• Check your legacy systems. Many studies suggest older, unsupported legacy systems are the number one cause – other than human error – of data breach vulnerability. These might occur where your organisation has acquired another business or department and not adequately “patched” the systems, or is migrating data from one place to another, or failed to completely phase out old applications.

    Adding to the issue is the fact that unsupported, “phased out” applications are less likely to be maintained or monitored (and may be harder for your current IT support to detect or fix). It may be that the threat is already sitting there on your older systems, dormant, waiting for the right opportunity. Big name breaches like Equifax in the US and TalkTalk here in the UK are some of the most salutary examples, but of course smaller and less well-resourced organisations are vulnerable to these errors too. And if you’re not sure where to start with this question, ask your IT people who might!

  • Understand your suppliers – and your contracts with them. Very often, it will not be “your” organisation that will be the target of the attack. It will be the household-name supplier or platform you use. Shopify, WisePay and Blackbaud are all recent examples of commonly-used platforms in the retail, education and charities sectors respectively.

    Organisations will need check their third-party supplier (“data processor”) contracts to understand each party’s data breach obligations. This includes important commercial questions of liability caps and levels of cyber insurance cover; but there are also points of practical effect. By way of example, some third-party processors will attempt to limit their notification obligations so that they are only required to notify businesses of a data breach within a “reasonable time” (the UK GDPR states without undue delay). Some contracts commit processors to a particular timeframe, however; this is often purposefully vague and inadequately defined.

    Some may argue a reasonable time would be measured in hours, whilst others may argue weeks (or even months, as occurred with Blackbaud). It is important to understand these notification requirements and avoid open-ended reporting obligations if possible. If you, as a controller (end client), are not in fact notified by your contractor within 72 hours, that will not strictly place you in breach of UK GDPR – but it can cause substantial reputational damage with those affected customers, contacts or supporters you need to notify weeks or months down the line.

  • Get cyber insurance cover in place. This can cover your own digital assets and data, or those of third parties or customers; it can cover losses and possible litigation arising from breaches (eg individual data subject claims); and it can make provision for expert or forensic IT support, in event of the worst happening. You will need to determine what cover is most suitable for your needs, but there is a wide range of policies now on the market. Remember also to include notifying your insurers within the breach response plan, and at the right stage, so the action you take does not risk invalidating your cover.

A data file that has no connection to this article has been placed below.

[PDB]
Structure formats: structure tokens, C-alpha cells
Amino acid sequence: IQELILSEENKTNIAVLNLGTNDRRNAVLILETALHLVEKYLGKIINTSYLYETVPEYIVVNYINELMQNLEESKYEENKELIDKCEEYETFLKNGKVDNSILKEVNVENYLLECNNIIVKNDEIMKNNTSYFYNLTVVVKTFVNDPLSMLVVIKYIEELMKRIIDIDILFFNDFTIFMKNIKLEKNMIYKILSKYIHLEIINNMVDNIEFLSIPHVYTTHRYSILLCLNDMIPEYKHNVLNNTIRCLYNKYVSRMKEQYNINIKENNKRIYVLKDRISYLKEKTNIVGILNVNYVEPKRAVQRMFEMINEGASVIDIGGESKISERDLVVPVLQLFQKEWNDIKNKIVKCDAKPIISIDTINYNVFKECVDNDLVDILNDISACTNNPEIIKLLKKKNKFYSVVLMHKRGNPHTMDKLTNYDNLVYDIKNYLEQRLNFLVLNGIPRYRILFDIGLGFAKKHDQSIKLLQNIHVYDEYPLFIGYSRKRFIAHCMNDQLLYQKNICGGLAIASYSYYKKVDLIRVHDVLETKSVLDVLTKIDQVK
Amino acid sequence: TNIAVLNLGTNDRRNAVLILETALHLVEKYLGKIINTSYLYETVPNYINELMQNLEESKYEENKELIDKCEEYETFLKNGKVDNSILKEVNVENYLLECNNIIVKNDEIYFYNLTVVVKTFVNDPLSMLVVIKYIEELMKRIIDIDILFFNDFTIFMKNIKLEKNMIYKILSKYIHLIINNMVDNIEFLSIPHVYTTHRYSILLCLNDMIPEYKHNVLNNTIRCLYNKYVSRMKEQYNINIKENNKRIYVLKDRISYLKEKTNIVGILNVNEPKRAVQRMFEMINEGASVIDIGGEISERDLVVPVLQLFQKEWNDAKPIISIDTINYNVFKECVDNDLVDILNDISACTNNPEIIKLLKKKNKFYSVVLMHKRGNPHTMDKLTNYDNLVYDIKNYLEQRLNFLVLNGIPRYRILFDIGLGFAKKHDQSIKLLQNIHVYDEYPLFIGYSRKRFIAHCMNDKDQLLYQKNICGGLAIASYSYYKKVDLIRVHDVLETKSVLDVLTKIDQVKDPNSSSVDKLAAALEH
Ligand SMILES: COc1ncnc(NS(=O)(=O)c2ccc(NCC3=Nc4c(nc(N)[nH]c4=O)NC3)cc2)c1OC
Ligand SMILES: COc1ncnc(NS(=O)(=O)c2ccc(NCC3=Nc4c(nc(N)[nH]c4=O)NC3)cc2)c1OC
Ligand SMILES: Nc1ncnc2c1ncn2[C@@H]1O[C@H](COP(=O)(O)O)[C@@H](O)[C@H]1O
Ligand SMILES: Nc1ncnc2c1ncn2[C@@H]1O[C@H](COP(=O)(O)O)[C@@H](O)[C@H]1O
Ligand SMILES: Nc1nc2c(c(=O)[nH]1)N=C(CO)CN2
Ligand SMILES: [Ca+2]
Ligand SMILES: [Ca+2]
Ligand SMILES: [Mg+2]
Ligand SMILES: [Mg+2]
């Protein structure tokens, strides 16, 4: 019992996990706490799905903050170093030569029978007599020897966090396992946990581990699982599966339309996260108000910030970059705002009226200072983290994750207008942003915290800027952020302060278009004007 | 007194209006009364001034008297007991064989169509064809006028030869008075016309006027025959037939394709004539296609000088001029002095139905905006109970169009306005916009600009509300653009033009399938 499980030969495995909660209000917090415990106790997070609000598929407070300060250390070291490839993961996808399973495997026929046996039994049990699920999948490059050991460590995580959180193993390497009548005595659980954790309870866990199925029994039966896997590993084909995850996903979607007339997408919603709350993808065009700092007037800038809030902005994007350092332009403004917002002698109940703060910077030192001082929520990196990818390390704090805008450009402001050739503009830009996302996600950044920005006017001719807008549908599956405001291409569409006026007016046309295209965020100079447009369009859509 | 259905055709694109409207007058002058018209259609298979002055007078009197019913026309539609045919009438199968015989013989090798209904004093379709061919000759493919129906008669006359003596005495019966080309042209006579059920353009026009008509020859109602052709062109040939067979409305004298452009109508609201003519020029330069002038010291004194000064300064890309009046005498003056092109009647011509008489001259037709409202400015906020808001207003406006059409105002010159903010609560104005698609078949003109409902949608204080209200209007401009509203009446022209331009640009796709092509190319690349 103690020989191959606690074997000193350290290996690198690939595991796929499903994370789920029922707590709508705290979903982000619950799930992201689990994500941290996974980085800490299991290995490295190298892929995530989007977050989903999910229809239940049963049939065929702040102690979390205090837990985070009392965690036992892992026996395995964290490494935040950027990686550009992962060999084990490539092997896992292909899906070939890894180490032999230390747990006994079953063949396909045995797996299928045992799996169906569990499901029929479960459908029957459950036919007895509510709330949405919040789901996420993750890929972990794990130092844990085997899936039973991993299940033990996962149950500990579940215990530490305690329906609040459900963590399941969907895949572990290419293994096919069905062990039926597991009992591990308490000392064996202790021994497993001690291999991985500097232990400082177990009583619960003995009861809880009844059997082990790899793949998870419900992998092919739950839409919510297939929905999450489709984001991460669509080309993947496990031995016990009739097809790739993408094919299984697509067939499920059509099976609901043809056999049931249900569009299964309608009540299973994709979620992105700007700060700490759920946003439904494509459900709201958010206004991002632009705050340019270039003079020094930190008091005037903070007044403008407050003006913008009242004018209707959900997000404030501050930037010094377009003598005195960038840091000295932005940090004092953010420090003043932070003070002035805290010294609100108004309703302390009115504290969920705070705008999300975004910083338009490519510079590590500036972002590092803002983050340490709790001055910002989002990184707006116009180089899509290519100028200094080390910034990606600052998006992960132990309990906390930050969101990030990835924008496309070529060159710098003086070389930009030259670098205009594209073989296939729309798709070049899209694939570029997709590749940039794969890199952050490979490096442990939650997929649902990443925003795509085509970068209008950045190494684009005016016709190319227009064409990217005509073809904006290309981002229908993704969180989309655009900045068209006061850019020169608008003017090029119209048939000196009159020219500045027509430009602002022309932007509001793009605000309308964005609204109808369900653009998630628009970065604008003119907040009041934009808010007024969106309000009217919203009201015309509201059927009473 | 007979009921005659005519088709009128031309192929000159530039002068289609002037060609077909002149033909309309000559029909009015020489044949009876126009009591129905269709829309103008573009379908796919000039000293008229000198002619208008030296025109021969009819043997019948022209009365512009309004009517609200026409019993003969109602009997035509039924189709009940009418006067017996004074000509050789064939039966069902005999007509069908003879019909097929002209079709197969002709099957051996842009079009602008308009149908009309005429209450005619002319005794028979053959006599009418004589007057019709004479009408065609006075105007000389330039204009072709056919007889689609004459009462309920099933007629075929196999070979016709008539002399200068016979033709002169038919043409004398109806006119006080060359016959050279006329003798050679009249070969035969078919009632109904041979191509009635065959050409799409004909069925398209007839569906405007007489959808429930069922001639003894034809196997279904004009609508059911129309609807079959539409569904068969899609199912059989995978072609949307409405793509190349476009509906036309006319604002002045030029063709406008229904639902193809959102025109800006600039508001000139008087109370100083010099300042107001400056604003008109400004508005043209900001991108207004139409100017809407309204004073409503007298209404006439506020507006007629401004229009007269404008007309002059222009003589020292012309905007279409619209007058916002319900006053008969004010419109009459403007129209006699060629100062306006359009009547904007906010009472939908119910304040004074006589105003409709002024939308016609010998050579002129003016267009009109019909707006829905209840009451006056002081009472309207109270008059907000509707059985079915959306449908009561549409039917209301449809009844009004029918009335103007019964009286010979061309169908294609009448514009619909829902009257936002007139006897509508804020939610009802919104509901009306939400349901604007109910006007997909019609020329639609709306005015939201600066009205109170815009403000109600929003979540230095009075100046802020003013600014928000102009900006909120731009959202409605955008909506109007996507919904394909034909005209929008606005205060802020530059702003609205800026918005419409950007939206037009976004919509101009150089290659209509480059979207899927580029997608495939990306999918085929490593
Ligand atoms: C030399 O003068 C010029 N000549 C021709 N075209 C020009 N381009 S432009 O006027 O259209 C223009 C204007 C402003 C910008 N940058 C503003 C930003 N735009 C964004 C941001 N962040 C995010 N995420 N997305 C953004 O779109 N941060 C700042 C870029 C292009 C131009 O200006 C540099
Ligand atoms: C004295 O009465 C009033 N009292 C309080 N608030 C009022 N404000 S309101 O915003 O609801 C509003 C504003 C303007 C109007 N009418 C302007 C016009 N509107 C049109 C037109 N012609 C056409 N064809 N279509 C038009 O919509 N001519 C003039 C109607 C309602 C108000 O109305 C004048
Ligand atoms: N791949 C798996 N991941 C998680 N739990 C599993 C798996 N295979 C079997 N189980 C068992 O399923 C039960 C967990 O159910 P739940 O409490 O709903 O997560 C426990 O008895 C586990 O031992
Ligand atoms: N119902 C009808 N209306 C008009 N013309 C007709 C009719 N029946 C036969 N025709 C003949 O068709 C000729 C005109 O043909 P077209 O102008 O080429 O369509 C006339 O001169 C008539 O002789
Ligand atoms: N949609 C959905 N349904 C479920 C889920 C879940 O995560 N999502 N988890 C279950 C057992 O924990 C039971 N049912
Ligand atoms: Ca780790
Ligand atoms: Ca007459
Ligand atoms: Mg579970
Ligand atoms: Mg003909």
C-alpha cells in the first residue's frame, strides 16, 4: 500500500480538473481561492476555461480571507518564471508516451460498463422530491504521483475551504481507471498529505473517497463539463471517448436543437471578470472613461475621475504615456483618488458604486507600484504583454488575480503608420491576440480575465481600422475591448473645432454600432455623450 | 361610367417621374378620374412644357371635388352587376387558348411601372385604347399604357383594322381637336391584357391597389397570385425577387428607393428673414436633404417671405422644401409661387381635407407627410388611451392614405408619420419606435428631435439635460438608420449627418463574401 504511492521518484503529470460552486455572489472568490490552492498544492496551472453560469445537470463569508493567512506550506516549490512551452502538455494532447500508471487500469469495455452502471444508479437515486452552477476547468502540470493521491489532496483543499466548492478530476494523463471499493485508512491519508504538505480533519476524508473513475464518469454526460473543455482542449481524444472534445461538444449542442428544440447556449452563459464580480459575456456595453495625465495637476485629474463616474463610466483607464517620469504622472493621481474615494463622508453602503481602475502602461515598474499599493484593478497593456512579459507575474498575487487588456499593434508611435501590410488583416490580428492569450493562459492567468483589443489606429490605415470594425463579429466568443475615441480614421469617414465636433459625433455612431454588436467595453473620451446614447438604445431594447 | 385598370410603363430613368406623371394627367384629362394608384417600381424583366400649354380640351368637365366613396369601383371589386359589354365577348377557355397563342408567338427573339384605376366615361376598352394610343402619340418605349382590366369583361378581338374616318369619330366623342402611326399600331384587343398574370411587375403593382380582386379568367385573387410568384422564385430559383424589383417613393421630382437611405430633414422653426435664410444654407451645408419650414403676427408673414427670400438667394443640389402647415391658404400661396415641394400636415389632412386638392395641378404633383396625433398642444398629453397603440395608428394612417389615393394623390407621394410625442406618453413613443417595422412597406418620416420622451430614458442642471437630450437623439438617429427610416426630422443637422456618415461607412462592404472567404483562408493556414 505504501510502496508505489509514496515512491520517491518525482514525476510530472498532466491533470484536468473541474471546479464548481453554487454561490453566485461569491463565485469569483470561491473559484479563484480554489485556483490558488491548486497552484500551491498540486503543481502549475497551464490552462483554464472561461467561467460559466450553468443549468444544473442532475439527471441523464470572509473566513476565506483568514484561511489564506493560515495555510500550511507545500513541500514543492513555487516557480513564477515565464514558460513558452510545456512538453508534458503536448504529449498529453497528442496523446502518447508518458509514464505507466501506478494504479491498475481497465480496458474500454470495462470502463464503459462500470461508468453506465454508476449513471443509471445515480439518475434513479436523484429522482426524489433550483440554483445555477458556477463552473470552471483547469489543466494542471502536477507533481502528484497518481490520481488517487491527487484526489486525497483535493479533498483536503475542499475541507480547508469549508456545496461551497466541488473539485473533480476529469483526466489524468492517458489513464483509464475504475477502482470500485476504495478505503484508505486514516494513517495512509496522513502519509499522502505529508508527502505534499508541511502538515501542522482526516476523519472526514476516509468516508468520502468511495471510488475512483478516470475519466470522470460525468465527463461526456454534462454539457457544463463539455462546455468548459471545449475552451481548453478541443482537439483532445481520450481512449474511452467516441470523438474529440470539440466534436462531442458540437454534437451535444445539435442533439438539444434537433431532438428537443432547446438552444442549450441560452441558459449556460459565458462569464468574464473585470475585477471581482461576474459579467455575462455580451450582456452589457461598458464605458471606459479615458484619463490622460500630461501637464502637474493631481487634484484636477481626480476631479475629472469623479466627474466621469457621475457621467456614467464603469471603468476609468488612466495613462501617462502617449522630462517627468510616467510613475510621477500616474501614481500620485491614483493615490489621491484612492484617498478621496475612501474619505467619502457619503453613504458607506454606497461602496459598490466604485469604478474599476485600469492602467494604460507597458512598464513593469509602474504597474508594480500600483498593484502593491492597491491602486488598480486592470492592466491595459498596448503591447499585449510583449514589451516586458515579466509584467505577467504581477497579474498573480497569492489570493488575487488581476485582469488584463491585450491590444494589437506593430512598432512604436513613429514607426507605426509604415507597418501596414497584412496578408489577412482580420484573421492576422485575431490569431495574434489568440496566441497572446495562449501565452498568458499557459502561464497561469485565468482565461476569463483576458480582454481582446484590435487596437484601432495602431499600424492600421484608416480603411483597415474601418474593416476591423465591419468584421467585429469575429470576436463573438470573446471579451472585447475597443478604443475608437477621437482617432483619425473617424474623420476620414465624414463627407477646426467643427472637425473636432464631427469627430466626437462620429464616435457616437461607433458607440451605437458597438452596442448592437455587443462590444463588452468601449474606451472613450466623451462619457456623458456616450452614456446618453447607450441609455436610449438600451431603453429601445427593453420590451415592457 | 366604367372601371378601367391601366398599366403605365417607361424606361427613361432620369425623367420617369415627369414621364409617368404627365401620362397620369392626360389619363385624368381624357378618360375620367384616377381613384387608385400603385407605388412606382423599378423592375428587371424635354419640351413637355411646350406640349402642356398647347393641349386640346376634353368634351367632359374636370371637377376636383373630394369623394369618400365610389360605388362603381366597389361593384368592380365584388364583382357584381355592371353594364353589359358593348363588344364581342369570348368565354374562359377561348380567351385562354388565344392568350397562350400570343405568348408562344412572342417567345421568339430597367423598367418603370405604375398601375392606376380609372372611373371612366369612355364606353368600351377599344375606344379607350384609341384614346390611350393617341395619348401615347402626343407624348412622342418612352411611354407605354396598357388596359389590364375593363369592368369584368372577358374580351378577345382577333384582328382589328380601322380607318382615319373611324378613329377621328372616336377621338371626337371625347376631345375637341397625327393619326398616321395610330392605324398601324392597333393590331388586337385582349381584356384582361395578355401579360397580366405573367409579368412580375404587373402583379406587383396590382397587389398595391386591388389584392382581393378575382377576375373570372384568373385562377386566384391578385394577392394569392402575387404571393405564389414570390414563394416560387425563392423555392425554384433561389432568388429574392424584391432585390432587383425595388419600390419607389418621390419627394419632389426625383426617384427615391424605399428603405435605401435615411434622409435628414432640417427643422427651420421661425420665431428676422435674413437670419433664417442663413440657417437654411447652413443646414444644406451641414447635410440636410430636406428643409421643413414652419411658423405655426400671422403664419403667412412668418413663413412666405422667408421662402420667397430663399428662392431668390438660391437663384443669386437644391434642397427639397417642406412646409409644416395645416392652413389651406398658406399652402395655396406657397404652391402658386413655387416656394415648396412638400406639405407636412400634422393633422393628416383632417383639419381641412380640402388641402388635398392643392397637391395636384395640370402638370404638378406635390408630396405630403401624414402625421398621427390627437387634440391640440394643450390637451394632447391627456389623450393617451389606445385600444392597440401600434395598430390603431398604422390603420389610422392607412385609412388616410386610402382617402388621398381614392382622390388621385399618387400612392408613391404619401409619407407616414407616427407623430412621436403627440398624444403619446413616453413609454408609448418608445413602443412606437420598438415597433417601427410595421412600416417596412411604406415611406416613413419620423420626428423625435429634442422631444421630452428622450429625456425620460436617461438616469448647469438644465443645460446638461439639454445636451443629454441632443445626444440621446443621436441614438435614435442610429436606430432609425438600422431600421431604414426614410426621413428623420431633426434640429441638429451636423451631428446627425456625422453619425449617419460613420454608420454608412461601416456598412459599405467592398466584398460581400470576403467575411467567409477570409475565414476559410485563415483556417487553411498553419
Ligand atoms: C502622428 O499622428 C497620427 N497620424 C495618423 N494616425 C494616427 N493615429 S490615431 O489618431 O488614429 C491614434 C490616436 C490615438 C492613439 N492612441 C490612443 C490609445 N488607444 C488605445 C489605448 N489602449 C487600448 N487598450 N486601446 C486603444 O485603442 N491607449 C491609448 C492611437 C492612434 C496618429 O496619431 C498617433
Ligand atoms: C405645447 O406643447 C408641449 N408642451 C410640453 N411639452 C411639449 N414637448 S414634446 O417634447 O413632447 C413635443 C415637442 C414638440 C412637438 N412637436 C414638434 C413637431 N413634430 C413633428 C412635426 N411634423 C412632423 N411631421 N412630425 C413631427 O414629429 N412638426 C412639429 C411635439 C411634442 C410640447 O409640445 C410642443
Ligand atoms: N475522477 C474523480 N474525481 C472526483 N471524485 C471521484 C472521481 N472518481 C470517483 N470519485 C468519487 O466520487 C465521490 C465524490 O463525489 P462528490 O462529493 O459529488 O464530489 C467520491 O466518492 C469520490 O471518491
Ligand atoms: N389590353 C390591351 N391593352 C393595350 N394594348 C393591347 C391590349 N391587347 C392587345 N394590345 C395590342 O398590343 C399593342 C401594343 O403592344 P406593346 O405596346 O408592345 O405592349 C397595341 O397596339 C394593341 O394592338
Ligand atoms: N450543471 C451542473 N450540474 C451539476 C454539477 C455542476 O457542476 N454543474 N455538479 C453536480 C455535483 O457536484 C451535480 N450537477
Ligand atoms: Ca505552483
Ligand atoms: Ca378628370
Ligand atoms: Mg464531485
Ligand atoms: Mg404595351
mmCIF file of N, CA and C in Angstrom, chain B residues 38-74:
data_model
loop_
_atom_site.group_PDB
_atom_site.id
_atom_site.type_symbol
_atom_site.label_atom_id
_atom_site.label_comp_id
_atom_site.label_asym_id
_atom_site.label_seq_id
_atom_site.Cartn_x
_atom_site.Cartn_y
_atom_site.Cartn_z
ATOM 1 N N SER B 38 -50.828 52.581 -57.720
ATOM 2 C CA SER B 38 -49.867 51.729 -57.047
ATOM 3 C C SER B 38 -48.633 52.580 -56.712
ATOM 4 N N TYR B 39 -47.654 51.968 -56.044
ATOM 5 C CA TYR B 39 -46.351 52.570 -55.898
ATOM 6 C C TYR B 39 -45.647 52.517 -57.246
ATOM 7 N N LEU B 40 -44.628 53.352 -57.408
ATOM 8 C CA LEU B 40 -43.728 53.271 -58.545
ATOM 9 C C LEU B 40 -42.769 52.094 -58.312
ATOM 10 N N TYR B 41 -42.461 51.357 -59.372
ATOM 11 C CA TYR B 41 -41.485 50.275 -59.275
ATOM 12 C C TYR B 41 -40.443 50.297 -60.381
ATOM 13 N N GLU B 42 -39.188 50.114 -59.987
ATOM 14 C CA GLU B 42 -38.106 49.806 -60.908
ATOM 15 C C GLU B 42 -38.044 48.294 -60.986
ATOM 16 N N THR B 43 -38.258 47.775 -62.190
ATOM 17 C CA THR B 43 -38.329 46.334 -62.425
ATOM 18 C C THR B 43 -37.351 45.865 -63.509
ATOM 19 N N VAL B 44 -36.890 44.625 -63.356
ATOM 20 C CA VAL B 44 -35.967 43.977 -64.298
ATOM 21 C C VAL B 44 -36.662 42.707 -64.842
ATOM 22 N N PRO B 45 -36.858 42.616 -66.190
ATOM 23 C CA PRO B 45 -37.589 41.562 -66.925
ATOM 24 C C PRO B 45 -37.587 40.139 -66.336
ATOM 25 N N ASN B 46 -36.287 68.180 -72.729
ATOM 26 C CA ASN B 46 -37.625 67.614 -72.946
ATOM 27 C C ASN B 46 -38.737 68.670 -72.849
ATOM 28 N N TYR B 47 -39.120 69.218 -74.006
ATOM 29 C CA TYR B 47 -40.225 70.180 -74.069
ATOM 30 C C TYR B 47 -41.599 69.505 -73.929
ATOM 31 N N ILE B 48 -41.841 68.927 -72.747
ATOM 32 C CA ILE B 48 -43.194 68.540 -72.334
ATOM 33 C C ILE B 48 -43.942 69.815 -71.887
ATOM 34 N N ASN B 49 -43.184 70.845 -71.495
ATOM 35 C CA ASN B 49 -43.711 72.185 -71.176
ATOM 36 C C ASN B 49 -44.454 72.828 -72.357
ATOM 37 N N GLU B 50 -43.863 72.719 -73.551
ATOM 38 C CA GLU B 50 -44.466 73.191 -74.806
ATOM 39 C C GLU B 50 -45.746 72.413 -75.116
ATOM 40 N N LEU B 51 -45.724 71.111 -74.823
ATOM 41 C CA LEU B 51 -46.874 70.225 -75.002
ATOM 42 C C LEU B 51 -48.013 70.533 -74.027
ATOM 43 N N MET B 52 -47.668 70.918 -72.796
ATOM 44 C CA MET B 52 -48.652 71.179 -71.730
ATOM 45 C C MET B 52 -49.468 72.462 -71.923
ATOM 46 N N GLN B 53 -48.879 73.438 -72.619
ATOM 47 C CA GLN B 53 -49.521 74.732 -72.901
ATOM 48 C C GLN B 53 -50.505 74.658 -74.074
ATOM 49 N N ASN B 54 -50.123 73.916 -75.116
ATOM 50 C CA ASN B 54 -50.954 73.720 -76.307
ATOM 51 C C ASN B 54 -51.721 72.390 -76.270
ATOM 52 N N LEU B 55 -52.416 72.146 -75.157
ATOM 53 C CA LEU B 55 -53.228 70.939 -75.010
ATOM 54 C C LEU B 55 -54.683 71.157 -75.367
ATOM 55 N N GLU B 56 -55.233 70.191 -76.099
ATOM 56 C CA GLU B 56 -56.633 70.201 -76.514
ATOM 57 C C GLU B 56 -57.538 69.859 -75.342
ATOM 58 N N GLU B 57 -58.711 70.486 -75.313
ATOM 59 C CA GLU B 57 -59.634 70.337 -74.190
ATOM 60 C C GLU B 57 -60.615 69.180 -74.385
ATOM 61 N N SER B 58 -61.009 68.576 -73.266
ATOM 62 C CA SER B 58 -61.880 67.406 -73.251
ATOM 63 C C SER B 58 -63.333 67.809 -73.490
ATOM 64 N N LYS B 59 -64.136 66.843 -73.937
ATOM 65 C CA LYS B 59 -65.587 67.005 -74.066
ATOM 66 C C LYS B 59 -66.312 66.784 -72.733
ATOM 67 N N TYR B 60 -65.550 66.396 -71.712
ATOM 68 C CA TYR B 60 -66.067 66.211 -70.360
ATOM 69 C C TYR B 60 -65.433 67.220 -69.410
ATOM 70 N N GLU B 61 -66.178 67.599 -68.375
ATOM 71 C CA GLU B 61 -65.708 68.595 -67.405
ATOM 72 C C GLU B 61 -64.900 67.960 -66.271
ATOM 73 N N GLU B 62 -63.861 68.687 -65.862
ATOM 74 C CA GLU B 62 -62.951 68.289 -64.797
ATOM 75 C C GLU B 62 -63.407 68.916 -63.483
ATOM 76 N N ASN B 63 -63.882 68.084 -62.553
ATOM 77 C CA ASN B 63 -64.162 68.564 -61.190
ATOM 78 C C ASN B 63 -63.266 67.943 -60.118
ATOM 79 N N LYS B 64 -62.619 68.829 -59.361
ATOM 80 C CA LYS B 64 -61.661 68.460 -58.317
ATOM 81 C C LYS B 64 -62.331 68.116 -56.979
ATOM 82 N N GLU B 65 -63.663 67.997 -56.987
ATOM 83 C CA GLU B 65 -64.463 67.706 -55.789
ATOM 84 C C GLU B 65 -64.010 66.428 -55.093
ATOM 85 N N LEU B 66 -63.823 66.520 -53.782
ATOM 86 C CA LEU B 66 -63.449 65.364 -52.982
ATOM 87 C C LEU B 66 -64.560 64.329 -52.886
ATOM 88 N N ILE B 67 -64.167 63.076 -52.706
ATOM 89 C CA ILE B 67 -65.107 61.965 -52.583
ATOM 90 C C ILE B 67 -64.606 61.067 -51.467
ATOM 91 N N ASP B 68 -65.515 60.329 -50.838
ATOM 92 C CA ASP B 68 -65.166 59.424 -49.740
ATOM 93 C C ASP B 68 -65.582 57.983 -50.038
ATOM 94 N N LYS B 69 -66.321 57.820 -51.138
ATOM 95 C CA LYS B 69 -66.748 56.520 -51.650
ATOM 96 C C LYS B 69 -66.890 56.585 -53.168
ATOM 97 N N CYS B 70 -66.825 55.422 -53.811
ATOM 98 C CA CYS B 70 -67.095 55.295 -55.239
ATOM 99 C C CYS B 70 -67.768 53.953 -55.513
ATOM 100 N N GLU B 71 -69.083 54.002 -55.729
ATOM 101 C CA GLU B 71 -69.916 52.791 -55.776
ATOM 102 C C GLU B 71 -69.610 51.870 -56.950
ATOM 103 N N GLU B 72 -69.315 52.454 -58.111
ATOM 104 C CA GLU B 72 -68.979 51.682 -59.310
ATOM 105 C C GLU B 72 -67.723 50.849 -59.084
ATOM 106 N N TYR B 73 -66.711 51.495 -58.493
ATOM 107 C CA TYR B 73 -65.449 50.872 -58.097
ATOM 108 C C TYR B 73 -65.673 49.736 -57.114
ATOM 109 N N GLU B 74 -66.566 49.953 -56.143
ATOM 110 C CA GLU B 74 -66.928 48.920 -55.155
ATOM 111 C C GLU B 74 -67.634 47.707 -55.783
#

• Have a plan. Organisations should adopt a response plan which expressly addresses what should happen in the event of a data breach over a holiday period. For example, suitably senior members of staff should remain on standby to respond to any data breach over a reduced head-count period. This should include an individual with an appropriate level of IT expertise and a senior member of staff with formal decision-making authority. Having these individuals on standby will allow businesses to address data breaches swiftly and restore business functionality as soon as possible.

    It will also put a business in good standing to comply with the mandatory reporting requirements outlined in the UK GDPR. 

    The ICO has published useful guidance which can help a business plan, prepare and respond to a personal data breach.

The Jubilee celebrations mark a momentous moment and the long weekend is there to be enjoyed. However, you may be better set to sit back and relax knowing you have made diligent enquiries and put in place a response plan for data breaches. It might just save your bank holiday, or even your business.

If you require further information about anything covered in this briefing, please contact Owen O'Rorke in the Information Law team, Thomas Rudkin in the Reputation Management team or your usual contact at the firm on +44 (0)20 3375 7000.

This publication is a general summary of the law. It should not replace legal advice tailored to your specific circumstances.

© Farrer & Co LLP, May 2022

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About the authors

Owen O'Rorke lawyer photo

Owen O'Rorke


Owen is a rights specialist with expertise in data protection and intellectual property, and considerable experience in both contentious and advisory contexts. He is a recognised authority in information sharing and data privacy in schools, fundraising, and the sports sectors, with a particular interest in safeguarding.

Owen is a rights specialist with expertise in data protection and intellectual property, and considerable experience in both contentious and advisory contexts. He is a recognised authority in information sharing and data privacy in schools, fundraising, and the sports sectors, with a particular interest in safeguarding.

Email Owen +44 (0)20 3375 7348
Andrew Rogers lawyer

Andrew Rogers


Andrew advises clients on a range of commercial, intellectual property (IP) and data protection issues.

Andrew advises clients on a range of commercial, intellectual property (IP) and data protection issues.

Email Andrew +44 (0)20 3375 7324